'

``` #
# Accounting for heteroskedasticity
#

#
#  We assume that the SD of residuals changes with the fitted value (variance covariate)
#
#  Common assumptions are that:
#     1) variance is proportional to an unknown power of the variance covariate
#         or
#     2) a unknown constant plus an unknown power of the covariate
#

# To see the full set of methods, available (you can also create your own):

?varClasses

# Here we illustrate varConstPower

fitglh <- update( fitgl, weights = varConstPower( form =  ~fitted(.)| drug) )

summary(fitglh)

anova( fitgl, fitglh )

plot( fitglh, sqrt( abs( resid(.,type = 'p'))) ~ fitted(.) | drug, id = .03,
panel = function(x, y, ...) {
panel.xyplot( x, y, ...)
panel.loess( x, y,...)
})
# note that 'pearson residuals' are plotted so that
# high variance residuals will be shrunk.
# with raw residuals we expect heteroskedasticity to look
# even worse because the high variance observations have
# less influence on the fit
# raw residuals:
plot( fitglh, sqrt( abs( resid(., type = 'r'))) ~ fitted(.) | drug, id = .03,
panel = function(x, y, ...) {
panel.xyplot( x, y, ...)
panel.loess( x, y,...)
})

plot( fitgl, sqrt( abs( resid(., type = 'r'))) ~ fitted(.) | drug, id = .03,
panel = function(x, y, ...) {
panel.xyplot( x, y, ...)
panel.loess( x, y,...)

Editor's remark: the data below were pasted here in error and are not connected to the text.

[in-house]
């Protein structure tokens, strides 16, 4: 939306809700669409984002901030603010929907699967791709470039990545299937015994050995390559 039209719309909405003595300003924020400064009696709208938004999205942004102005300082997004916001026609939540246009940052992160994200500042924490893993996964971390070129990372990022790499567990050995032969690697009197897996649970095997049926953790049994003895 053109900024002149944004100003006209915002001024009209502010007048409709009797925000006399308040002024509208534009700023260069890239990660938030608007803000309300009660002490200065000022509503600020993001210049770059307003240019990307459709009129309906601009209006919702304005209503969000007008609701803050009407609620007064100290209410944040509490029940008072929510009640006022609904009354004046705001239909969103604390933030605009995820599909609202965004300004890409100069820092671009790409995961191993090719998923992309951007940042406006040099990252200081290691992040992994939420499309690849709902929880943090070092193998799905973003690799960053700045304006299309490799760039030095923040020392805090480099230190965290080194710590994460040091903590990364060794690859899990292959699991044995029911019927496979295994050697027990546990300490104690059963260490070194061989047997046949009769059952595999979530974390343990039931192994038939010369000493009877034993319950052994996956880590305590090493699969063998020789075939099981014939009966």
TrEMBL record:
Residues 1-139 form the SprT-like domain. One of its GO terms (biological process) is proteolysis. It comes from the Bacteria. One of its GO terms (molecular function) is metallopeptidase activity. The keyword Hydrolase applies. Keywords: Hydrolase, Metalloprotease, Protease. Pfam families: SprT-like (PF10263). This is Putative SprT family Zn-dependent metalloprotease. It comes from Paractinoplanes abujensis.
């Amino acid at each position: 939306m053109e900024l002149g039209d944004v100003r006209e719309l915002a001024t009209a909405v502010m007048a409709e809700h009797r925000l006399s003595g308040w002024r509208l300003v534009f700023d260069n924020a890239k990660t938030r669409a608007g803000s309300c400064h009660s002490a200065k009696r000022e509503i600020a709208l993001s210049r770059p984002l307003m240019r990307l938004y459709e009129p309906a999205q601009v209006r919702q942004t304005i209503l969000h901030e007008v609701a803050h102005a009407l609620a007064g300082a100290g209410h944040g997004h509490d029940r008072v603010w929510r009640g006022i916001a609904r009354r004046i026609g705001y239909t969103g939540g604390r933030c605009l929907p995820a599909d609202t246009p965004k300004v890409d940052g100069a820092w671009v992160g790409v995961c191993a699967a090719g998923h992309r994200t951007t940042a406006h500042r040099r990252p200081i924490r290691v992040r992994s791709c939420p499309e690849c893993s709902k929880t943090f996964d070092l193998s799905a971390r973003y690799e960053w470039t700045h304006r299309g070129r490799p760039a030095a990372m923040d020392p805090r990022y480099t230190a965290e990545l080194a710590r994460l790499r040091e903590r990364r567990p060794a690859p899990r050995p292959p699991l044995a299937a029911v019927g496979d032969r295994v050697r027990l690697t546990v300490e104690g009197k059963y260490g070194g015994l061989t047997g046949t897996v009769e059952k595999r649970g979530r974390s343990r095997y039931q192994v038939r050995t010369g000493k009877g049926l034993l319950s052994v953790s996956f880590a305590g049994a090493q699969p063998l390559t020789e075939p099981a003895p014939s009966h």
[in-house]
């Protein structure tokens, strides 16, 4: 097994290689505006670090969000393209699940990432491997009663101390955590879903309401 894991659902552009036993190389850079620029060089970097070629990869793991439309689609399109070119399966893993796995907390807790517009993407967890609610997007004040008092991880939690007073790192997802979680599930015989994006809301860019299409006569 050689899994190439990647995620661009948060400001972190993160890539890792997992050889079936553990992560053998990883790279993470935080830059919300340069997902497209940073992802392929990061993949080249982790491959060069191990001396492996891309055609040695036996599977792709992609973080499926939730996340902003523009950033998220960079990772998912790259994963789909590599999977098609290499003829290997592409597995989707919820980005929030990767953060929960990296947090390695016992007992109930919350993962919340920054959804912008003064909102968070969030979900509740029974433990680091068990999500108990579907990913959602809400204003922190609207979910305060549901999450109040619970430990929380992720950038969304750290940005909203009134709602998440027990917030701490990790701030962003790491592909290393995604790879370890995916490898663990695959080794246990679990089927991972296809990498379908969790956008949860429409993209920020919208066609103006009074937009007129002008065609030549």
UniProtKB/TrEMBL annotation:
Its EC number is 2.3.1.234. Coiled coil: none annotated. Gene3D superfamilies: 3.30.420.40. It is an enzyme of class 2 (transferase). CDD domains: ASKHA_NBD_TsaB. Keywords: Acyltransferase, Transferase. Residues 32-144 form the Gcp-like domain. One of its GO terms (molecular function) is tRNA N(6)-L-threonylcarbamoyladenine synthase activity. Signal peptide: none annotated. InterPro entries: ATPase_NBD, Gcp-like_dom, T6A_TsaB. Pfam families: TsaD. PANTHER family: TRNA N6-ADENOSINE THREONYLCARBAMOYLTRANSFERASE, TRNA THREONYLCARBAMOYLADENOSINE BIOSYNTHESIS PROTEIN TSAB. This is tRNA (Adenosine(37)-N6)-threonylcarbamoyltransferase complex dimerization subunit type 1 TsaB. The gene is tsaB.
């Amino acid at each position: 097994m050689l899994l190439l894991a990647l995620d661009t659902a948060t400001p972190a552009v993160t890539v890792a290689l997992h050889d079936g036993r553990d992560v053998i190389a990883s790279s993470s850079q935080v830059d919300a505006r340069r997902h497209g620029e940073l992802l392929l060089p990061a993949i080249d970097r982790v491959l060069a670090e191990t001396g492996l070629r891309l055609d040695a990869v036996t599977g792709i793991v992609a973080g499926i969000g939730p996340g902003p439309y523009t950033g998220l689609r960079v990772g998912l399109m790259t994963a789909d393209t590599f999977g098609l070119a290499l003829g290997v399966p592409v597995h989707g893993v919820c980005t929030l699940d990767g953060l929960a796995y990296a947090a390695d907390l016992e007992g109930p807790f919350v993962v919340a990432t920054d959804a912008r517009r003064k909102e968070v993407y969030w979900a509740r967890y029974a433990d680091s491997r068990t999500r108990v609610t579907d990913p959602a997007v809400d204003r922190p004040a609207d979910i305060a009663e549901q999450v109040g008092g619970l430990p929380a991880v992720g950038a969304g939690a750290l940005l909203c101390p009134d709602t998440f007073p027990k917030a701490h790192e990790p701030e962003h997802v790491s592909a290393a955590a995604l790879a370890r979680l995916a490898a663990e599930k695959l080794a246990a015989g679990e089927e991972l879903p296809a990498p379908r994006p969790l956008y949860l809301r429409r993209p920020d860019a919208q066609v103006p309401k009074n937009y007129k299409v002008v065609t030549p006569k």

})

wald( fitgl, Ld)
wald( fitglh, Ld)

#
# Note that the impact of accounting for heteroskedasticity is not negligible.
#
# As usual, seeking higher efficiency has an impact on what we're estimating.
# Differences between drugs in patients at lower levels of 'gen' receive
# more weight than those at higher levels. The estimate has lower variance
# and is more precise but it might estimate something slightly different if
# there are differences in drug effects at different levels of severity.
# If this is an important question to address we could reformulate the model
# to attempt to take it into account although we might not have much power
# to detect such an effect.
#

# EXERCISE:
#    Refit 'fitglh' and 'fitgl' dropping a few residual outliers.
#    Retest the difference between the two models.
#    Does accounting for heteroskedastiticy still improve the fit?